How to get around Turks and Caicos

The Turks and Caicos is an archipelago nation consisting of six main islands – Providenciales, Grand Turk, North Caicos, Middle Caicos, South Caicos and Salt Cay.

Providenciales and Grand Turk host most of the country's population, and consequently flights and ferries mainly operate around these two hubs.

Domestic flights and passenger ferries are the primary means of transport between islands.

North Caicos and Middle Caicos are the only two islands in the country connected by a road causeway.

On land, hire cars and taxis are the main means of getting around. There are no public transport services in the Turks and Caicos.

There are more than 120km (75 miles) of roads on the islands, of which an increasing number are sealed. Traffic drives on the left-hand side of the road. Traffic at major junctions is controlled by roundabouts, not traffic lights.

On Providenciales, the main route east of downtown is the Leeward Highway; to the west is the Millennium Highway. On Grand Turk, Lighthouse Road is best to reach northerly destinations, and Osborne Road when travelling south.

Seat belts must be worn at all times. Speed limits are 32kph (20mph) in town and 64kph (40mph) elsewhere.

Use caution while driving – traffic laws are loosely enforced and some drivers can be aggressive or reckless.

Transport options in the Turks and Caicos

Air: Both Caicos Express Airways ( and InterCaribbean Airways ( offer charter and scheduled flights between islands.

In addition to the international airports on Grand Turk and Providenciales, there are landing strips on Middle Caicos, North Caicos, South Caicos, Parrot Cay, Pine Cay and Salt Cay.

Note: At present, there are no airports on East and West Caicos.

Sea: Domestic ferry routes in the Turks and Caicos include Providenciales – North Caicos, Providenciales – South Caicos, and Grand Turk – Salt Cay.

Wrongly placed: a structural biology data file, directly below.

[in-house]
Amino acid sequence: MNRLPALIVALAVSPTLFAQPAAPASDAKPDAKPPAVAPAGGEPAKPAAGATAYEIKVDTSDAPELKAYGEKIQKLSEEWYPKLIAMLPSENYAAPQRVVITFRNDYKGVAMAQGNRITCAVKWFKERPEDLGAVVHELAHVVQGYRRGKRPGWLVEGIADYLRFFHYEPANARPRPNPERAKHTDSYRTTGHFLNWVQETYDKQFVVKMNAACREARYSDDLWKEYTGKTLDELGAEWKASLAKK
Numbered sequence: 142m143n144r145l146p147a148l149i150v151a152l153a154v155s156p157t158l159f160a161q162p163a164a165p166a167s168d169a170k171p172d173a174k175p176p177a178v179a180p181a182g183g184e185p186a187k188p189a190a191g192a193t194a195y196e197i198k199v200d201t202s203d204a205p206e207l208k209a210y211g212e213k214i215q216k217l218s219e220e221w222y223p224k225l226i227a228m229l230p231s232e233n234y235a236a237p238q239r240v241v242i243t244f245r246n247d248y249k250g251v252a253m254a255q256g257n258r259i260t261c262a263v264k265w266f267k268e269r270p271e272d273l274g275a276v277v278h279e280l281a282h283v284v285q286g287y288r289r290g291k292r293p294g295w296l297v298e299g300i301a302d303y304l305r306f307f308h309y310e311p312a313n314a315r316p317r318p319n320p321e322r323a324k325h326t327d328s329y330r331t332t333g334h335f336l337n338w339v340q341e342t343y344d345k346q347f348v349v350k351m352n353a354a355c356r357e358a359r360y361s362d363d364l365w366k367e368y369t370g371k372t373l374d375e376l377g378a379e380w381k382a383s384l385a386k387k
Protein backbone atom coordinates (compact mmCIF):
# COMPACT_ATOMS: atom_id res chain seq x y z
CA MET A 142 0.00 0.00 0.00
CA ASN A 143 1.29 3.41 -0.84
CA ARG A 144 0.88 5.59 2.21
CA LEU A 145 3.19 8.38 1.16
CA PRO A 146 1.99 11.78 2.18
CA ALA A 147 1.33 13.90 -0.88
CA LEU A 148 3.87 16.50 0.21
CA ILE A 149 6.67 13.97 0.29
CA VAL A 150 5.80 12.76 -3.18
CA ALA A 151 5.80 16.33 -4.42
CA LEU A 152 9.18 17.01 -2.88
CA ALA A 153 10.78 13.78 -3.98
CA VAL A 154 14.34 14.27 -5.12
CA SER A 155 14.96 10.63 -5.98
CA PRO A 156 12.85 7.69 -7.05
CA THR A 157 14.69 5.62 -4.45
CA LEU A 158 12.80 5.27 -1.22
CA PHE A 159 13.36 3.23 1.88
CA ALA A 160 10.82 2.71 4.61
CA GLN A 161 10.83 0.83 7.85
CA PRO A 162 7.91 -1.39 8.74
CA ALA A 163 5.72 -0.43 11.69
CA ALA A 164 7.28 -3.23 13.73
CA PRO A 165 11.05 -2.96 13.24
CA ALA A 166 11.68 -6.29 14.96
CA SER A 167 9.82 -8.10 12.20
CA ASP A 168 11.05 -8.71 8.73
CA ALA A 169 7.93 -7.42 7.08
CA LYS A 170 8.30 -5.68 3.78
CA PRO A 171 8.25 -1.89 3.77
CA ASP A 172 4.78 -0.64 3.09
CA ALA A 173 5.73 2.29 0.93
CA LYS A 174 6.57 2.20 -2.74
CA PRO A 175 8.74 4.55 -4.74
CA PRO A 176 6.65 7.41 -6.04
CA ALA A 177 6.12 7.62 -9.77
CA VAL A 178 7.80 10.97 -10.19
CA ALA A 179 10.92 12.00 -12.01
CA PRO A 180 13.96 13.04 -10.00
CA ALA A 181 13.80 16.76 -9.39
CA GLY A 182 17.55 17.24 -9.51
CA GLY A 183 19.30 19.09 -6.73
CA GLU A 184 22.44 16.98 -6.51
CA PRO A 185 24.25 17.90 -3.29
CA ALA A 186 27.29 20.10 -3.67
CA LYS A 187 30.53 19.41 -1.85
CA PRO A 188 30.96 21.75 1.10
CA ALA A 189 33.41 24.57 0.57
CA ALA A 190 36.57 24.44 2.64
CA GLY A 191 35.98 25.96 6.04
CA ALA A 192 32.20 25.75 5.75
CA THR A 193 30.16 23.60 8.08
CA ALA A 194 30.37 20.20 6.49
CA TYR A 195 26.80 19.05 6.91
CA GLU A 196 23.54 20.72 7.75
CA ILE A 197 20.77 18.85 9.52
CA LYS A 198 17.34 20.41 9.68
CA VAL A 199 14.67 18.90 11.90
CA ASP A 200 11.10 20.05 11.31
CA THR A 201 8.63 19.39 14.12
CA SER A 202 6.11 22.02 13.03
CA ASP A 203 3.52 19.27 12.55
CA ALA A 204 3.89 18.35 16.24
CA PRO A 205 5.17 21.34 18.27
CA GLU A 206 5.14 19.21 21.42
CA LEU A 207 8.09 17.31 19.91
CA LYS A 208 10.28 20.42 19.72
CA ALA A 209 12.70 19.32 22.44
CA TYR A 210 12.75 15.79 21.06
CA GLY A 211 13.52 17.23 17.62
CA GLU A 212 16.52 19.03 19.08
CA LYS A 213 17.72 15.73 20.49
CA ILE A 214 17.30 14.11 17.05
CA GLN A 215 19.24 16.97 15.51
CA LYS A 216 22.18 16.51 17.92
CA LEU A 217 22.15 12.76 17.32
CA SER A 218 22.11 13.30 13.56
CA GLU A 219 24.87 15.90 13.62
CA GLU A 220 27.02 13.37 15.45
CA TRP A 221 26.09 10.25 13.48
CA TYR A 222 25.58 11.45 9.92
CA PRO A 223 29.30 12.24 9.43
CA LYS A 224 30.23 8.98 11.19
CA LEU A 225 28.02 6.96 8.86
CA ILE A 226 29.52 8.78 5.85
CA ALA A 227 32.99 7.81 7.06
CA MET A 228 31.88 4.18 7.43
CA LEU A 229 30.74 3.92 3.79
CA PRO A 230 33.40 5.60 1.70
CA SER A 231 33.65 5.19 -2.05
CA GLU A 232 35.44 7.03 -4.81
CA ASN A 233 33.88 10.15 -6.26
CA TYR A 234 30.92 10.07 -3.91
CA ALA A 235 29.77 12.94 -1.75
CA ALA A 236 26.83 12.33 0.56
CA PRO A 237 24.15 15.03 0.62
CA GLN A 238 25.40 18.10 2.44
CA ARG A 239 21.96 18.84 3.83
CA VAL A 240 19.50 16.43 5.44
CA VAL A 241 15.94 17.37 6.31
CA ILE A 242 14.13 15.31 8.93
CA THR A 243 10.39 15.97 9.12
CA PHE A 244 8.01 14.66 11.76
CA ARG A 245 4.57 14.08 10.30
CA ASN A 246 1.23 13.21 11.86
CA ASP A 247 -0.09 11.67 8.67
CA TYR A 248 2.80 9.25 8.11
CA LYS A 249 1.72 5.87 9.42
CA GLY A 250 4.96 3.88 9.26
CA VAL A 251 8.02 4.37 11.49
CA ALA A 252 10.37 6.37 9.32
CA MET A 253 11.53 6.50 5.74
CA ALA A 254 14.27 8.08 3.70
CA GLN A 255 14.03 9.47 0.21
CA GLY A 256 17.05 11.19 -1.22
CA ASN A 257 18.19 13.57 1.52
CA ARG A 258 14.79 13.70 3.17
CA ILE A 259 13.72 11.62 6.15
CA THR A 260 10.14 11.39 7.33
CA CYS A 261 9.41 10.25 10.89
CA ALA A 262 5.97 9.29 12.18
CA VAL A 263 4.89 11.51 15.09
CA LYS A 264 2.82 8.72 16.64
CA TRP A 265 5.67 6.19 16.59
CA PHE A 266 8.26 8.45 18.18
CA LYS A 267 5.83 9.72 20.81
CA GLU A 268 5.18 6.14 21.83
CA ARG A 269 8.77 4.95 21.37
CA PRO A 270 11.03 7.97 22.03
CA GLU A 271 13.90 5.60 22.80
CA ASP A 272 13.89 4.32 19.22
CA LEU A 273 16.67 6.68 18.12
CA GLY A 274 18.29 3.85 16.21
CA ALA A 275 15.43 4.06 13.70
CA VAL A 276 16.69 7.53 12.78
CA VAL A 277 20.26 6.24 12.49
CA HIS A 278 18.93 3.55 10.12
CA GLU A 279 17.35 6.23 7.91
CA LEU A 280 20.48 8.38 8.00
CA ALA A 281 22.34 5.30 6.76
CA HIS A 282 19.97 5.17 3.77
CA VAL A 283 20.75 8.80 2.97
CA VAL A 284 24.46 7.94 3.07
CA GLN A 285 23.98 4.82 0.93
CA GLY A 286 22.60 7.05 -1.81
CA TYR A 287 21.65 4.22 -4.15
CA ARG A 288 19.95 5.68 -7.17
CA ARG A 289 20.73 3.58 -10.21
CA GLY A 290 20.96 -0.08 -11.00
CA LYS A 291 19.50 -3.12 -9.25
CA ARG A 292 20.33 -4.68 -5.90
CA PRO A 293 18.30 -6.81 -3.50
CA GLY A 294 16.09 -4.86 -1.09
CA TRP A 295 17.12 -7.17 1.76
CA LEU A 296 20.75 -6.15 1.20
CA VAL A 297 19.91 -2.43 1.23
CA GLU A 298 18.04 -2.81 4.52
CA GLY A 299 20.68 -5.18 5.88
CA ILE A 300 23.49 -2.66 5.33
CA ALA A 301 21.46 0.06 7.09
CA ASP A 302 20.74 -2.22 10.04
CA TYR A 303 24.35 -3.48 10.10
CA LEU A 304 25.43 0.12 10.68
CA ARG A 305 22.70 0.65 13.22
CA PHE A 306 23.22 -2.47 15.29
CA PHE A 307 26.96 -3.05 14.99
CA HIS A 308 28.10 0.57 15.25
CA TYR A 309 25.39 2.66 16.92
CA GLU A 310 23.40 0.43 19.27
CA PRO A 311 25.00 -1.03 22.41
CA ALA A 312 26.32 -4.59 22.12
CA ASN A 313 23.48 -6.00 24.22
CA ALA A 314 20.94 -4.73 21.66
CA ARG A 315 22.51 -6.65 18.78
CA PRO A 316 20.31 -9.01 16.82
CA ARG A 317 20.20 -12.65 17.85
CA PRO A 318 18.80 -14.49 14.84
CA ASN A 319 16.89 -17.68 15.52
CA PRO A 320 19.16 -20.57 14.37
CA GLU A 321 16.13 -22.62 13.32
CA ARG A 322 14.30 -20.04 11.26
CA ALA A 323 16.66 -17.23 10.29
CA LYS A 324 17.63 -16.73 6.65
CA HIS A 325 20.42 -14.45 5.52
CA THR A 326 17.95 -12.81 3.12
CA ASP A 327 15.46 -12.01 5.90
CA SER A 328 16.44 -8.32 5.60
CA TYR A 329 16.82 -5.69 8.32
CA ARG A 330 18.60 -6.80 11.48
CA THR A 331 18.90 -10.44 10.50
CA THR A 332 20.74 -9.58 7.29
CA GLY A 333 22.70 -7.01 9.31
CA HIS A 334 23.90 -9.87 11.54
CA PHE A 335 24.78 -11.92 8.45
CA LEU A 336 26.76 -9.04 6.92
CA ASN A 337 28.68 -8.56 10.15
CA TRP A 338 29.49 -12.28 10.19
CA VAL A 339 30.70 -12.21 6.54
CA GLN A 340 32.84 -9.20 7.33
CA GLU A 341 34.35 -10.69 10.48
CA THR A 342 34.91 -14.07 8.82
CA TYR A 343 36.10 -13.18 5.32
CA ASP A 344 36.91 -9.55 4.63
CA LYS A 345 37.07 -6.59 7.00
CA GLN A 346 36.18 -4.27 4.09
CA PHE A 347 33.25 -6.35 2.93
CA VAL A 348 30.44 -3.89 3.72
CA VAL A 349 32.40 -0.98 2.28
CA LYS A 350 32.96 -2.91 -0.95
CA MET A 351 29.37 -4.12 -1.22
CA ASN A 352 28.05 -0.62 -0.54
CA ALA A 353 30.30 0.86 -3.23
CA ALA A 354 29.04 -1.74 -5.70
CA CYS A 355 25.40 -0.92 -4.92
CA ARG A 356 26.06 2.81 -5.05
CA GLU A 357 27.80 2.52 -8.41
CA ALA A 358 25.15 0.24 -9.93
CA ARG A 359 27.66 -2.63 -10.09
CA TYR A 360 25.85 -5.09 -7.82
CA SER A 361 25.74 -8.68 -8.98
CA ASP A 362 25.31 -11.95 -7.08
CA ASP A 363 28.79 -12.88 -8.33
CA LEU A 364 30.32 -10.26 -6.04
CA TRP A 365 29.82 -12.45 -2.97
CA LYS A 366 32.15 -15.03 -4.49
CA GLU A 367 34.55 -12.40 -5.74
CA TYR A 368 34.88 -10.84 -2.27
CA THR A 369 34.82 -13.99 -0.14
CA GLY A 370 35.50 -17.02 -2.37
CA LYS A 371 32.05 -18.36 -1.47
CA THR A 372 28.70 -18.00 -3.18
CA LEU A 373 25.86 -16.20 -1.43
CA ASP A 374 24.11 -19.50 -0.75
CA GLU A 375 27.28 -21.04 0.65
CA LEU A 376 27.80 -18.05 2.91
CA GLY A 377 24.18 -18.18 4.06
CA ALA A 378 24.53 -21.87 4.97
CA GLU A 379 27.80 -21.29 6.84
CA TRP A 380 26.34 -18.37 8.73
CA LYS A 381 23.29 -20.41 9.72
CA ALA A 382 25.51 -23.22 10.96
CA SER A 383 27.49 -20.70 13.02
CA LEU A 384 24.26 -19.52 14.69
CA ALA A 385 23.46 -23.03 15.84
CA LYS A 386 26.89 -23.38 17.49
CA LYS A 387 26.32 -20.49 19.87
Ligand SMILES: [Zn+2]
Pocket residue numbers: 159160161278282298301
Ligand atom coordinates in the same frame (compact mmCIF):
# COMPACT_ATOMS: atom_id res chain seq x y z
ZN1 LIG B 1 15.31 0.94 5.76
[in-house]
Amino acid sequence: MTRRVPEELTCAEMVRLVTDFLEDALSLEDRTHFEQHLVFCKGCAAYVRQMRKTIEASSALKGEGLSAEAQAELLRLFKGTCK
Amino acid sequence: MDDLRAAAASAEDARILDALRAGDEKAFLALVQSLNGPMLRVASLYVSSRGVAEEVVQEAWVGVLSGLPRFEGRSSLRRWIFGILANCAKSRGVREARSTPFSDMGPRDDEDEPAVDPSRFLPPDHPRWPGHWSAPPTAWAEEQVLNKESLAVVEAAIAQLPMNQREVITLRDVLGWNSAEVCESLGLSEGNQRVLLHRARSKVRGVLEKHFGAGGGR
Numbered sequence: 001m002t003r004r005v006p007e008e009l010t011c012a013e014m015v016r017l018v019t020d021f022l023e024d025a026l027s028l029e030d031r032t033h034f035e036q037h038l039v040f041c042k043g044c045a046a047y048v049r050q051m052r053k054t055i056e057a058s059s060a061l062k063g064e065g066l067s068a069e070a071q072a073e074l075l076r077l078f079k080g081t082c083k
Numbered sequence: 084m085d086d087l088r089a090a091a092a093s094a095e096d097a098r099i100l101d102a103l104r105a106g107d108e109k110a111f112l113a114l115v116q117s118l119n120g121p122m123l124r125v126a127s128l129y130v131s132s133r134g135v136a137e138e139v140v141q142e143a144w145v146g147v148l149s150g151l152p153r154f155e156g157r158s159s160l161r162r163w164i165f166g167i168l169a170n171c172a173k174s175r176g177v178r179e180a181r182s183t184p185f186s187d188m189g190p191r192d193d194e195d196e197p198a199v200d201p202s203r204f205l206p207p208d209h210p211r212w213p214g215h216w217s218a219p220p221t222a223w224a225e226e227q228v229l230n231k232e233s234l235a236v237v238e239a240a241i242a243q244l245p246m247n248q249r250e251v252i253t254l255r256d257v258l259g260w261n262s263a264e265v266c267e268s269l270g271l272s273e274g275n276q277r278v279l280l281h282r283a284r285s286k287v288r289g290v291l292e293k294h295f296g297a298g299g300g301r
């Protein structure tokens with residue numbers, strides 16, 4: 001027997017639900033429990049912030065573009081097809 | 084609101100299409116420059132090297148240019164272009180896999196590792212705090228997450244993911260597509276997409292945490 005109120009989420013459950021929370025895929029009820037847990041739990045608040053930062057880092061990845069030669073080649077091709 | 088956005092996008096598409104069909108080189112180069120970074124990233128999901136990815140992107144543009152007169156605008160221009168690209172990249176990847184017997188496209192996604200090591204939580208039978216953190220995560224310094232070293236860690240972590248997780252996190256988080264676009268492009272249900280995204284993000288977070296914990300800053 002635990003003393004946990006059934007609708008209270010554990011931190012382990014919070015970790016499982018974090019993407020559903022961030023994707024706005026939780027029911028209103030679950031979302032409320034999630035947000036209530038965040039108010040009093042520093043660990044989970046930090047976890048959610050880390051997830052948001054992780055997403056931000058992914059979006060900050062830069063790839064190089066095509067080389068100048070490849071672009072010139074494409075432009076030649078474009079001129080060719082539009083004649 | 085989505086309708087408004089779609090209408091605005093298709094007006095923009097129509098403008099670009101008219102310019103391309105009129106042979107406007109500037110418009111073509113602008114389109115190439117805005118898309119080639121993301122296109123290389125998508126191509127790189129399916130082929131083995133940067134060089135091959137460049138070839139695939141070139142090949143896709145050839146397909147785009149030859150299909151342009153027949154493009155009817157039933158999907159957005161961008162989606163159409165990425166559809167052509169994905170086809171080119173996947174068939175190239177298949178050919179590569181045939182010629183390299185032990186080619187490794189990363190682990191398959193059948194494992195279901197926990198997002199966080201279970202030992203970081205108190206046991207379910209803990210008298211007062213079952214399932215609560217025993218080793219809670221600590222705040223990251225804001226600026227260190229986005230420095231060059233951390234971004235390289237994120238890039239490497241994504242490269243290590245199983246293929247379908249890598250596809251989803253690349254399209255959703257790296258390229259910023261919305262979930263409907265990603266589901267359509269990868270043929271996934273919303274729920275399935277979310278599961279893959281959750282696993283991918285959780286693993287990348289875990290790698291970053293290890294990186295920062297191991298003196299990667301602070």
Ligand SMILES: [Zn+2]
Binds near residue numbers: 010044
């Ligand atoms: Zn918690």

All of these routes are serviced by small passenger ferry vessels. There are no scheduled large car ferries in the country.

The ferry service between Providenciales and North Caicos offers multiple trips per day, with a journey time of 30 minutes. Travel is between Heaving Down Rock Marina (Walkin Marina) on Providenciales and either Sandy Point Marina or Bellefield Landing on North Caicos.

The Providenciales and South Caicos ferry route runs several times per week. This ferry docks at Heaving Down Rock on Providenciales and Cockburn Harbour on South Caicos.

The ferry service between Grand Turk and Salt Cay operates three times per week. However, there are no ferries between Providenciales and any of the Turks Islands (Grand Turk and Salt Cay).

You can also charter boats at any of the inhabited islands.

On Land

Car hire: Car hire agencies include Budget, Avis and Hertz as well as several local firms on Providenciales, Grand Turk and North, Middle and South Caicos.

In addition to cars, some agencies also rent scooters, dune buggies, 4x4 wheel-drives and three-wheel roadsters. On Salt Cay, the main form of motorised transport is electric golf carts. Most of agencies offer free pickup and drop-off.

A national driving licence, plus an International Driving Permit if your licence isn't in English, is required.

Taxi: Taxis are available at most airports, however, demand is often high and you may need to share.

Taxis are metered and the rates are set by the government, however you should negotiate the fare beforehand.

There are no designated taxi stands. You can hail a passage taxi, but it's best to ask your hotel or restaurant to call one for you.

Bike: Bike hire is available on Grand Turk, Providenciales, North Caicos and Salt Cay. There are no designated bike routes or bike lanes in Turks & Caicos, so it pays to use caution when biking on main roads outside resort areas.

The Grace Bay area roads are paved with sidewalks running on both sides. Many resorts, including Somerset, the Grace Bay Club, and the Sands at Grace Bay, offer complimentary bikes for their guests.

Bus: There are no public buses on Turks & Caicos, and you should avoid using the illegal jitneys that are common on the island that at best, overcharge tourists and at worst may be unsafe.

Latest update: How to get around the Turks and Caicos: 14 May, 2022